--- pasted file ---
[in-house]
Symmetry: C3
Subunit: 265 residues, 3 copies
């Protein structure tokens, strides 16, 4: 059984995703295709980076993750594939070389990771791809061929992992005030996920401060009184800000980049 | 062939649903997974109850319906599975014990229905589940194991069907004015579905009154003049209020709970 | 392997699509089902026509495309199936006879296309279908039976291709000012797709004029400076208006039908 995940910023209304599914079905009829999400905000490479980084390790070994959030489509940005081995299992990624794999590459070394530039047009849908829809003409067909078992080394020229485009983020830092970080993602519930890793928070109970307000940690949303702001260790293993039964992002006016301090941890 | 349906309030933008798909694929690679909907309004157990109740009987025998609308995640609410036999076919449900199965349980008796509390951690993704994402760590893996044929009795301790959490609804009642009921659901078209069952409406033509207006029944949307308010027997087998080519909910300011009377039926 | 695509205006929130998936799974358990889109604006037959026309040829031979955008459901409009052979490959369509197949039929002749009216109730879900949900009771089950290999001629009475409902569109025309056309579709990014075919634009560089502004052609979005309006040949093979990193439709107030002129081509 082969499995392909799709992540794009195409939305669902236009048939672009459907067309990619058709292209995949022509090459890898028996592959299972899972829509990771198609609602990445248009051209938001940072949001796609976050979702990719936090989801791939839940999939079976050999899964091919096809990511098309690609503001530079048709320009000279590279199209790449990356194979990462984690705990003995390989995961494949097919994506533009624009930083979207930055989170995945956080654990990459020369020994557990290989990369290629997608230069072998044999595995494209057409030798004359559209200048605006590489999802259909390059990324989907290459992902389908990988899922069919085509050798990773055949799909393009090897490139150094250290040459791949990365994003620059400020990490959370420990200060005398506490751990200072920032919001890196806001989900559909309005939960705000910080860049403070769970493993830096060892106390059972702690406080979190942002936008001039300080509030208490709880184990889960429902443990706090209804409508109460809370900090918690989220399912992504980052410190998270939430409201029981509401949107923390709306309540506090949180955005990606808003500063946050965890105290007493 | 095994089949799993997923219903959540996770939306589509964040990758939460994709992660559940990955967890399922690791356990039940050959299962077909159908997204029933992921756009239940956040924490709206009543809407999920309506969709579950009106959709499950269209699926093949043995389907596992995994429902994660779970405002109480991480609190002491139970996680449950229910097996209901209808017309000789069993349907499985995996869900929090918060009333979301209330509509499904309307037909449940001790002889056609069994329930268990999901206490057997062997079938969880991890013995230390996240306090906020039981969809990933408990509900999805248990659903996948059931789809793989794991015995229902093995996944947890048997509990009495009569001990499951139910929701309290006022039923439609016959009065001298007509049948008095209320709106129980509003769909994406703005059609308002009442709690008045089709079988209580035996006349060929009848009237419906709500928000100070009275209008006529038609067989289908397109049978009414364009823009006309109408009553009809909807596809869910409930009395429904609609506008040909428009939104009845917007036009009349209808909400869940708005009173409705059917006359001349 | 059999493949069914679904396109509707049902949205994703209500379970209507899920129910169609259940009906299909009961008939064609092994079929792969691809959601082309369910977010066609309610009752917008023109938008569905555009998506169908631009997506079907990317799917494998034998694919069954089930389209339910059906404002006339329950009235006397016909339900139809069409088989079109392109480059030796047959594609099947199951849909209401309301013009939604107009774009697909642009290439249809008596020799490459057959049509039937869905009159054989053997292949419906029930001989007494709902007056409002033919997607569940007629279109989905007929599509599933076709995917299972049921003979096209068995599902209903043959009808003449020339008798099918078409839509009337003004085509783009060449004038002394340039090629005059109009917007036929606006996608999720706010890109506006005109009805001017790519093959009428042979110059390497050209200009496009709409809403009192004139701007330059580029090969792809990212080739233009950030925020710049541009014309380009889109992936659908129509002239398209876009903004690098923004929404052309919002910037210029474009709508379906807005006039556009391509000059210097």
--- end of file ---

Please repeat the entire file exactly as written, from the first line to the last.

[in-house]
Symmetry: C3
Subunit: 265 residues, 3 copies
């Protein structure tokens, strides 16, 4: 059984995703295709980076993750594939070389990771791809061929992992005030996920401060009184800000980049 | 062939649903997974109850319906599975014990229905589940194991069907004015579905009154003049209020709970 | 392997699509089902026509495309199936006879296309279908039976291709000012797709004029400076208006039908 995940910023209304599914079905009829999400905000490479980084390790070994959030489509940005081995299992990624794999590459070394530039047009849908829809003409067909078992080394020229485009983020830092970080993602519930890793928070109970307000940690949303702001260790293993039964992002006016301090941890 | 349906309030933008798909694929690679909907309004157990109740009987025998609308995640609410036999076919449900199965349980008796509390951690993704994402760590893996044929009795301790959490609804009642009921659901078209069952409406033509207006029944949307308010027997087998080519909910300011009377039926 | 695509205006929130998936799974358990889109604006037959026309040829031979955008459901409009052979490959369509197949039929002749009216109730879900949900009771089950290999001629009475409902569109025309056309579709990014075919634009560089502004052609979005309006040949093979990193439709107030002129081509 082969499995392909799709992540794009195409939305669902236009048939672009459907067309990619058709292209995949022509090459890898028996592959299972899972829509990771198609609602990445248009051209938001940072949001796609976050979702990719936090989801791939839940999939079976050999899964091919096809990511098309690609503001530079048709320009000279590279199209790449990356194979990462984690705990003995390989995961494949097919994506533009624009930083979207930055989170995945956080654990990459020369020994557990290989990369290629997608230069072998044999595995494209057409030798004359559209200048605006590489999802259909390059990324989907290459992902389908990988899922069919085509050798990773055949799909393009090897490139150094250290040459791949990365994003620059400020990490959370420990200060005398506490751990200072920032919001890196806001989900559909309005939960705000910080860049403070769970493993830096060892106390059972702690406080979190942002936008001039300080509030208490709880184990889960429902443990706090209804409508109460809370900090918690989220399912992504980052410190998270939430409201029981509401949107923390709306309540506090949180955005990606808003500063946050965890105290007493 | 095994089949799993997923219903959540996770939306589509964040990758939460994709992660559940990955967890399922690791356990039940050959299962077909159908997204029933992921756009239940956040924490709206009543809407999920309506969709579950009106959709499950269209699926093949043995389907596992995994429902994660779970405002109480991480609190002491139970996680449950229910097996209901209808017309000789069993349907499985995996869900929090918060009333979301209330509509499904309307037909449940001790002889056609069994329930268990999901206490057997062997079938969880991890013995230390996240306090906020039981969809990933408990509900999805248990659903996948059931789809793989794991015995229902093995996944947890048997509990009495009569001990499951139910929701309290006022039923439609016959009065001298007509049948008095209320709106129980509003769909994406703005059609308002009442709690008045089709079988209580035996006349060929009848009237419906709500928000100070009275209008006529038609067989289908397109049978009414364009823009006309109408009553009809909807596809869910409930009395429904609609506008040909428009939104009845917007036009009349209808909400869940708005009173409705059917006359001349 | 059999493949069914679904396109509707049902949205994703209500379970209507899920129910169609259940009906299909009961008939064609092994079929792969691809959601082309369910977010066609309610009752917008023109938008569905555009998506169908631009997506079907990317799917494998034998694919069954089930389209339910059906404002006339329950009235006397016909339900139809069409088989079109392109480059030796047959594609099947199951849909209401309301013009939604107009774009697909642009290439249809008596020799490459057959049509039937869905009159054989053997292949419906029930001989007494709902007056409002033919997607569940007629279109989905007929599509599933076709995917299972049921003979096209068995599902209903043959009808003449020339008798099918078409839509009337003004085509783009060449004038002394340039090629005059109009917007036929606006996608999720706010890109506006005109009805001017790519093959009428042979110059390497050209200009496009709409809403009192004139701007330059580029090969792809990212080739233009950030925020710049541009014309380009889109992936659908129509002239398209876009903004690098923004929404052309919002910037210029474009709508379906807005006039556009391509000059210097």